Director: Sandra Goldbacher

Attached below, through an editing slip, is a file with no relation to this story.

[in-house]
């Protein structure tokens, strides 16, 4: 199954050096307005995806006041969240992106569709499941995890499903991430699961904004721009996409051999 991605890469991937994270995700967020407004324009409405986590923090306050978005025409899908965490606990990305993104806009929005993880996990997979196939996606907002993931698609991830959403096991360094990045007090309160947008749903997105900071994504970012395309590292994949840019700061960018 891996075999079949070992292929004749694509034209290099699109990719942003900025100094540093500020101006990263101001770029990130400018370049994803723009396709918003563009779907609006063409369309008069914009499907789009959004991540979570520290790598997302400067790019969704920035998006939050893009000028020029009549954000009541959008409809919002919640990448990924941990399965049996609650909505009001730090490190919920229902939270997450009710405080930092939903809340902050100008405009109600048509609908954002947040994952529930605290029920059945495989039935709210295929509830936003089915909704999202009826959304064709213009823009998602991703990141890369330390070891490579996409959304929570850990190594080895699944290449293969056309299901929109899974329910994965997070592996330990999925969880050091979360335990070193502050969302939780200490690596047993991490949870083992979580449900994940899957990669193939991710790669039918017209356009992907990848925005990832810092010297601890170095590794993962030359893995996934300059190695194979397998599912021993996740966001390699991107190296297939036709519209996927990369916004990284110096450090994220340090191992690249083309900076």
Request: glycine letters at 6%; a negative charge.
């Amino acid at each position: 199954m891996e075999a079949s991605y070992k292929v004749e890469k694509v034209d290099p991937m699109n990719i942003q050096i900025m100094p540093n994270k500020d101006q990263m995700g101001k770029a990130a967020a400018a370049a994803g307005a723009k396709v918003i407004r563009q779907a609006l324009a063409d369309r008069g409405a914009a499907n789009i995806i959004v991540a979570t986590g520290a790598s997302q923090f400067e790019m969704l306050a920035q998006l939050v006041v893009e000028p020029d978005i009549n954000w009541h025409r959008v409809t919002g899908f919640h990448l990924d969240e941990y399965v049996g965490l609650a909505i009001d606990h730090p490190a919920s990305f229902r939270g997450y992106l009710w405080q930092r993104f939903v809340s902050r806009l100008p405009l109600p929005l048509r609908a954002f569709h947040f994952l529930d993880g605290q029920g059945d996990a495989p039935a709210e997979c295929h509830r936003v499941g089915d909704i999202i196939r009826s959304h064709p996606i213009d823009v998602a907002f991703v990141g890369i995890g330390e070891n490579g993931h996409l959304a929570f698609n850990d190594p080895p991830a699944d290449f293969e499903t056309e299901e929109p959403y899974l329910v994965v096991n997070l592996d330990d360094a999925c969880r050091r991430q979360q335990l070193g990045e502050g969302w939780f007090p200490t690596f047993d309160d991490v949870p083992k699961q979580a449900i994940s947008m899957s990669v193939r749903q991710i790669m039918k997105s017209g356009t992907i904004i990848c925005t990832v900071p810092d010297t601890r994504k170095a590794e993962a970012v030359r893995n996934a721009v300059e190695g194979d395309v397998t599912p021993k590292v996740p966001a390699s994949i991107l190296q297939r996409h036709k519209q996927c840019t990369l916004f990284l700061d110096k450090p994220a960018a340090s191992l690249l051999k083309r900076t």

Down the road, I wholeheartedly hope that American audiences will finally discover this powerful sleeper in the same way it was in its homeland where it was nominated as Best British film of the year. In the film, the fascinating, evolving relationship between two very different lifelong friends and next-door London neighbors (which spans two decades) is put under the microscope with amazingly believability thanks to performances by Michelle Williams and Anna Friel. Holly, played by Williams, is a Jewish intellectual and her free-spirit neighbor Marina, played by Friel, is a walking emergency—the two sort of balance each other out during their youth, providing comfort and encouragement during the rough times but as they age, the divide grows deeper in their personalities but they still cling to a friendship painfully which begins to affect their relationships with men, education, and careers. There’s so much that can be said about a film which, I feel that most women can identify—I had a friend like Marina that I finally had to set free and I know many other Holly and Marinas out there as well. Wonderful British music and great supporting turns by several actors including Kyle McLachlan as the sexy American professor with whom they both unwittingly become involved—all in all another fine film from Goldbacher.